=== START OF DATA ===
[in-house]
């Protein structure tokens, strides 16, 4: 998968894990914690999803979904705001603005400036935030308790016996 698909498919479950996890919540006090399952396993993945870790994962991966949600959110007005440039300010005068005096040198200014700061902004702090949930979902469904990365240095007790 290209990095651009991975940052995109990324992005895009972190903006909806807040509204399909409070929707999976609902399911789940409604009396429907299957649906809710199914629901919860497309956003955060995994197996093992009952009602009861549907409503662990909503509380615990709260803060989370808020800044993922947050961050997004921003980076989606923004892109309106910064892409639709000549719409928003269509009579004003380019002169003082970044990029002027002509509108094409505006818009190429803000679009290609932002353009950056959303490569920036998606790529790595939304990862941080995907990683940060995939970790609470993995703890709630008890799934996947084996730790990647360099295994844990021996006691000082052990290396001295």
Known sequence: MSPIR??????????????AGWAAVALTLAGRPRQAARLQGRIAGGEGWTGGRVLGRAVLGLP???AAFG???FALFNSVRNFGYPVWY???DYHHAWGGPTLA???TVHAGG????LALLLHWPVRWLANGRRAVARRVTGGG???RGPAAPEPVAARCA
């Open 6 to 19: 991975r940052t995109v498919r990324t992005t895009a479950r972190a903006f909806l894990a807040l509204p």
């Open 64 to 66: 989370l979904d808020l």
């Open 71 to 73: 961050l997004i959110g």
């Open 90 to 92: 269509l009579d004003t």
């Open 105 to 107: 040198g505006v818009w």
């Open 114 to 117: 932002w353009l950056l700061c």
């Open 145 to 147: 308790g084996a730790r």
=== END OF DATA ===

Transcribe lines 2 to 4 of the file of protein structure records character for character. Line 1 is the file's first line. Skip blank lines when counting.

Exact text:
């Protein structure tokens, strides 16, 4: 998968894990914690999803979904705001603005400036935030308790016996 698909498919479950996890919540006090399952396993993945870790994962991966949600959110007005440039300010005068005096040198200014700061902004702090949930979902469904990365240095007790 290209990095651009991975940052995109990324992005895009972190903006909806807040509204399909409070929707999976609902399911789940409604009396429907299957649906809710199914629901919860497309956003955060995994197996093992009952009602009861549907409503662990909503509380615990709260803060989370808020800044993922947050961050997004921003980076989606923004892109309106910064892409639709000549719409928003269509009579004003380019002169003082970044990029002027002509509108094409505006818009190429803000679009290609932002353009950056959303490569920036998606790529790595939304990862941080995907990683940060995939970790609470993995703890709630008890799934996947084996730790990647360099295994844990021996006691000082052990290396001295």
Known sequence: MSPIR??????????????AGWAAVALTLAGRPRQAARLQGRIAGGEGWTGGRVLGRAVLGLP???AAFG???FALFNSVRNFGYPVWY???DYHHAWGGPTLA???TVHAGG????LALLLHWPVRWLANGRRAVARRVTGGG???RGPAAPEPVAARCA
């Open 6 to 19: 991975r940052t995109v498919r990324t992005t895009a479950r972190a903006f909806l894990a807040l509204p």